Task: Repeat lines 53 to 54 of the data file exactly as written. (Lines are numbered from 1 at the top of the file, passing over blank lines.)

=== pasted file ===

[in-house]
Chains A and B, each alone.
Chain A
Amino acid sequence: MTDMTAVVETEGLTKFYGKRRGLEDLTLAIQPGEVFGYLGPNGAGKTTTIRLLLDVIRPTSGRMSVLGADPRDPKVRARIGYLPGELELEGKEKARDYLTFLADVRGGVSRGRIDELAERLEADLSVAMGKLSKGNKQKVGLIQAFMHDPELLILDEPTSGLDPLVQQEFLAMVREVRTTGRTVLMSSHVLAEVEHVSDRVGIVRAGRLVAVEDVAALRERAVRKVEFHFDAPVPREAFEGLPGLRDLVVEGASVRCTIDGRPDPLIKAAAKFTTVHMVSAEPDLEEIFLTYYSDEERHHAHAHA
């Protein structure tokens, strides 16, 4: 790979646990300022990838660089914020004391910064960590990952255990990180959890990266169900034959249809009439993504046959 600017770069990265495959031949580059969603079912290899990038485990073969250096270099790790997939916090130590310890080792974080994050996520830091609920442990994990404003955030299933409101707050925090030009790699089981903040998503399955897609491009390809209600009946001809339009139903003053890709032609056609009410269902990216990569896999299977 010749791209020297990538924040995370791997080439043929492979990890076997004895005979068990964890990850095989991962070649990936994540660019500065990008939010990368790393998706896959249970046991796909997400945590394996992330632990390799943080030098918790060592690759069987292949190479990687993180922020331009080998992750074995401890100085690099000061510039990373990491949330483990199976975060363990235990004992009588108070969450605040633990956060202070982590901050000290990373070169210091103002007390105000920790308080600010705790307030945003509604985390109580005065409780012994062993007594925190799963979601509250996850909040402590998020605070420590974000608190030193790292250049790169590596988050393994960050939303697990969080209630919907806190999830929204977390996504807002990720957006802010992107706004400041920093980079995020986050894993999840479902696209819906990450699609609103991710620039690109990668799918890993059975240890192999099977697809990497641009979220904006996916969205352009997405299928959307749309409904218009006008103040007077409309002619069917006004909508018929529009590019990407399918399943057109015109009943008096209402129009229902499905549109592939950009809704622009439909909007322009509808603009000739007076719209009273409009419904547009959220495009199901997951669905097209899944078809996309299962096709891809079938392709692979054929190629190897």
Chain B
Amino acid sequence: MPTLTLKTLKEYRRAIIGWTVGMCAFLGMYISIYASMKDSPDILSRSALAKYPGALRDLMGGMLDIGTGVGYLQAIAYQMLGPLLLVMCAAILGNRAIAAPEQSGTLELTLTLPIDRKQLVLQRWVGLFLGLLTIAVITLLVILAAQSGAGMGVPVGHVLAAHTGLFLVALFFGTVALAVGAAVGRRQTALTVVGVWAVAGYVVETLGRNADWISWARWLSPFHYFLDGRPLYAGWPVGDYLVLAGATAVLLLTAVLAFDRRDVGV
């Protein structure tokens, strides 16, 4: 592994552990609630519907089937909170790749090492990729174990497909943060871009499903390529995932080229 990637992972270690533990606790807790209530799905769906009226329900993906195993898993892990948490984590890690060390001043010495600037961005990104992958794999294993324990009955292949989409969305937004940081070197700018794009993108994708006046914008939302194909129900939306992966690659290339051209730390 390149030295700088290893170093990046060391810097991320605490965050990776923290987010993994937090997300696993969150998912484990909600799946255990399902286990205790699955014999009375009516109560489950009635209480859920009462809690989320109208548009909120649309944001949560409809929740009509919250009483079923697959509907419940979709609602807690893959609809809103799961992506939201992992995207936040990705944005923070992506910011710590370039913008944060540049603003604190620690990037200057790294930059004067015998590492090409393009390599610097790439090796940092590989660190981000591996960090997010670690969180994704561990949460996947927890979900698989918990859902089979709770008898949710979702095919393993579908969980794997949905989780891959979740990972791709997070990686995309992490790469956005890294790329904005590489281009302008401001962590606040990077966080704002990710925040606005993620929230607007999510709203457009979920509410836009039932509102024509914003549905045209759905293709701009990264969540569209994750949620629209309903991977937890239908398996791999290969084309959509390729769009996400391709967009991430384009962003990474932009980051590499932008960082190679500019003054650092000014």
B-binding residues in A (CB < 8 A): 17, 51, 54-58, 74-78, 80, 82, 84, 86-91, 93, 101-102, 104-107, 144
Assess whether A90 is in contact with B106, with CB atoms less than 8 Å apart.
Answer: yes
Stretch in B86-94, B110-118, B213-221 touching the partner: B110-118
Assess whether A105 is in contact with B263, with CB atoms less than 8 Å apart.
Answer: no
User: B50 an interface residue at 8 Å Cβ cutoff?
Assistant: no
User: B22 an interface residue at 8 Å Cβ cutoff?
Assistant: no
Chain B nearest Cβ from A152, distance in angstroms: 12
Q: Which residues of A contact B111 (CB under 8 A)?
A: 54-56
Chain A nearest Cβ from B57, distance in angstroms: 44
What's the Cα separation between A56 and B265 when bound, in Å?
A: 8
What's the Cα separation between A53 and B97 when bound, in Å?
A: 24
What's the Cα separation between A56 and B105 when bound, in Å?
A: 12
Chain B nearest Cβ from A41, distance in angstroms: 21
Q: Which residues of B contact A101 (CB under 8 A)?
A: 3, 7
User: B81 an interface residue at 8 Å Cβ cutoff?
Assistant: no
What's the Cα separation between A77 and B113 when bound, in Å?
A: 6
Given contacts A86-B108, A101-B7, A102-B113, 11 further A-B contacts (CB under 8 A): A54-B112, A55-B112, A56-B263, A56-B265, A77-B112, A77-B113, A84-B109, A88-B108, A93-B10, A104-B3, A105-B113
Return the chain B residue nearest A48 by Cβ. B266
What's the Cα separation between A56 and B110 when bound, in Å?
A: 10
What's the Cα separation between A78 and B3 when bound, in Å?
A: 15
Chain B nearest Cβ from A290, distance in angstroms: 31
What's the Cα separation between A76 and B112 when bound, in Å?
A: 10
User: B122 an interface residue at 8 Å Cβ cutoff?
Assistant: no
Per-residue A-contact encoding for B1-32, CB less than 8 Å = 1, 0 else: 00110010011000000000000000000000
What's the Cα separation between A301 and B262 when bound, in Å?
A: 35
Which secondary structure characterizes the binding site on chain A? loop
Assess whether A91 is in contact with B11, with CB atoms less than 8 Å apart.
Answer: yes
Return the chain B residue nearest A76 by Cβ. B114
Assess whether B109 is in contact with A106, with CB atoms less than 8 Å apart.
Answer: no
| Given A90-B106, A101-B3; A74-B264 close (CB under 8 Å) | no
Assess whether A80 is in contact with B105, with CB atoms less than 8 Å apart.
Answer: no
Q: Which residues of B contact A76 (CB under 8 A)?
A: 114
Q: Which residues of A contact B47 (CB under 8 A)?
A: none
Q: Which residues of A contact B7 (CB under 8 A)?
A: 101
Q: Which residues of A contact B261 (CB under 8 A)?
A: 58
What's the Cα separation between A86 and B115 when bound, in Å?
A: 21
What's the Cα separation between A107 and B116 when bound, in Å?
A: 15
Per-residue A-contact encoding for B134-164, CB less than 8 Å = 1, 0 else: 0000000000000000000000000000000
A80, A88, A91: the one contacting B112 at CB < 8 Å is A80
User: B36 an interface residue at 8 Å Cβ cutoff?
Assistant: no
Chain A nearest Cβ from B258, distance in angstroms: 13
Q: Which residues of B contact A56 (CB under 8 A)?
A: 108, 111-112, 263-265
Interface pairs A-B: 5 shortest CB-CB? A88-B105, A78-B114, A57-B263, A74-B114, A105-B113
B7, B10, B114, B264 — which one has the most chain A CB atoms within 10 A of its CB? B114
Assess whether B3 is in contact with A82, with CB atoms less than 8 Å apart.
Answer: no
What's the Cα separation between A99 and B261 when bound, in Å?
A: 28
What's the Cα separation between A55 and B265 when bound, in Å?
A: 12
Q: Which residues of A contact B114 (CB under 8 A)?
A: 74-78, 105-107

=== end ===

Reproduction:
Return the chain B residue nearest A76 by Cβ. B114
Assess whether B109 is in contact with A106, with CB atoms less than 8 Å apart.